Would you mind helping me translate this letter?
Would you mind dropping my book off at the library?

=> Option C: I was wondering if you could + base form of verb + "."
I was wondering if you could pick up a pizza on your way home from work.
I was wondering if you could help me translate this letter.
I was wondering if you could drop my book off at the library.

Note that Options B and C are less direct than Option A and therefore may sound a little more polite.

Quick Quiz

Turn the following phrases into requests, using the words in parentheses:

drive me to work tomorrow ( would you mind)
Answer: Would you mind driving me to work tomorrow?

  1. feed our dogs while we're away (I was wondering if + could)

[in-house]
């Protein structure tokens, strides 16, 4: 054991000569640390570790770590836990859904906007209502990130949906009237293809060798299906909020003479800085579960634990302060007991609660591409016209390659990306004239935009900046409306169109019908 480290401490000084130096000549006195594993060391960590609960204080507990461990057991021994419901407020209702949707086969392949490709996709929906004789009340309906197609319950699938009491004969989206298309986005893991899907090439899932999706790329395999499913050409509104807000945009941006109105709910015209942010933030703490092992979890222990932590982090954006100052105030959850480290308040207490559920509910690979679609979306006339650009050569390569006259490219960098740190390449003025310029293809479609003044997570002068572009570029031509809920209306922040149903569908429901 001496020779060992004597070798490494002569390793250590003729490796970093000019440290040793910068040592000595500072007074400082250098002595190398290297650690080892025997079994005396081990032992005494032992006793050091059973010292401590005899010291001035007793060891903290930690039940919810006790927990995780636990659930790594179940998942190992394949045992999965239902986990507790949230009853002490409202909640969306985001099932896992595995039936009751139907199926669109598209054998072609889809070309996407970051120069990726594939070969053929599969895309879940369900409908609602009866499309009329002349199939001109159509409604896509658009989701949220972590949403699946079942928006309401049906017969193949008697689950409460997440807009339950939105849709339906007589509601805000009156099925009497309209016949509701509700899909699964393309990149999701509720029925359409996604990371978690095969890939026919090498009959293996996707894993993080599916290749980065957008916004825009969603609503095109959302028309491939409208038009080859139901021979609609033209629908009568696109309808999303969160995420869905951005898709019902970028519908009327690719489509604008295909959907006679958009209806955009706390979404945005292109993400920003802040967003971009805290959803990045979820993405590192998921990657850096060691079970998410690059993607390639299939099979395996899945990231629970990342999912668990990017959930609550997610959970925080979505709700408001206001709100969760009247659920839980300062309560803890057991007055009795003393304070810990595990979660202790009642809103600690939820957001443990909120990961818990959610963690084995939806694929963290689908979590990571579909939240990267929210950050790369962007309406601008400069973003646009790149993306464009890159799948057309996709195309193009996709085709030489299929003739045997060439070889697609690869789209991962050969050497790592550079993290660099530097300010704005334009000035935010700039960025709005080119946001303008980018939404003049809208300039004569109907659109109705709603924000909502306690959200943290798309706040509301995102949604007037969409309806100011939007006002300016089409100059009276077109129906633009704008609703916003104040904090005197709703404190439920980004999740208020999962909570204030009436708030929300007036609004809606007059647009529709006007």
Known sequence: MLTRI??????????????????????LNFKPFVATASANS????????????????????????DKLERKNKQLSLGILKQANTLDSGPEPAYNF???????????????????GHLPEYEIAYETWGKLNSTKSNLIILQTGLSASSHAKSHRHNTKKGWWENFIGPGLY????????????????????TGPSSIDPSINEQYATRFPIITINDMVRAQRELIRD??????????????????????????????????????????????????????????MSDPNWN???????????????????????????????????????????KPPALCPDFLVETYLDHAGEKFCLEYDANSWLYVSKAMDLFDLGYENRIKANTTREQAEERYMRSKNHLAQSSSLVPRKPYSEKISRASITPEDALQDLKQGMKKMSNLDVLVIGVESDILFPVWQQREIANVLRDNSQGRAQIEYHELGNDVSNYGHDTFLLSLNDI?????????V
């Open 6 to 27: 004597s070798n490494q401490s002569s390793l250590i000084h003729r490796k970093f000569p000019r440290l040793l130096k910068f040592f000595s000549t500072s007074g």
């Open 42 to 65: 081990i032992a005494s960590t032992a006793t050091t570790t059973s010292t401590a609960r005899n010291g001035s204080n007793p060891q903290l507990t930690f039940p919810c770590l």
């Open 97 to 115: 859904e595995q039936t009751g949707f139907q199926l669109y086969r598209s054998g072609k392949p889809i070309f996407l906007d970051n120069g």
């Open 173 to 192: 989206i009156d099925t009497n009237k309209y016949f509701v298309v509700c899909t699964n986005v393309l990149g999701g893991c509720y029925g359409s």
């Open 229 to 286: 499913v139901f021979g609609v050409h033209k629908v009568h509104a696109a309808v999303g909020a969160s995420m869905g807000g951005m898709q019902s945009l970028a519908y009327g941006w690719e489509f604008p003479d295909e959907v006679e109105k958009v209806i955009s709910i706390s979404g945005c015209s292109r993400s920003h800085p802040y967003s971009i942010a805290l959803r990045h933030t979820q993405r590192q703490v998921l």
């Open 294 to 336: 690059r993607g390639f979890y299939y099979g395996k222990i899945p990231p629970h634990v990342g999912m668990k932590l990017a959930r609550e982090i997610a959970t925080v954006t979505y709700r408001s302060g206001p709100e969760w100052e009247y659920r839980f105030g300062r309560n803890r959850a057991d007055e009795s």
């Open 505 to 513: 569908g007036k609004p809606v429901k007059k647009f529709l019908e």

2. pick me up from the airport on Friday (I was wondering if + could)
  3. borrow your car (I was wondering if + could)
  4. return my library book (I was wondering if + could)
  5. loan me your laptop (would you mind)
  6. tum down the music (would you mind)
  7. pick up my clothes from the dry cleaners (would you mind)
  8. show me how to design a website (could you)
  9. please let Jim know we're running late (could you)
  10. call the theater and reserve tickets (could you)
Answer Key
  1. I was wondering if you could feed our dogs while we 're away.
  2. I was wondering if you could pick me up from the airport on Friday.
  3. I was wondering if I could borrow your car.
  4. I was wondering if you could return my library book.
  5. Would you mind loaning me your laptop?
  6. Would you mind turning down the music?
  7. Would you mind picking up my clothes from the dry cleaners?
  8. Could you show me how to design a website?
  9. Could you please let Jim know we're running late?
  10. Could you call the theater and reserve tickets?
Answer Key
Favorite Books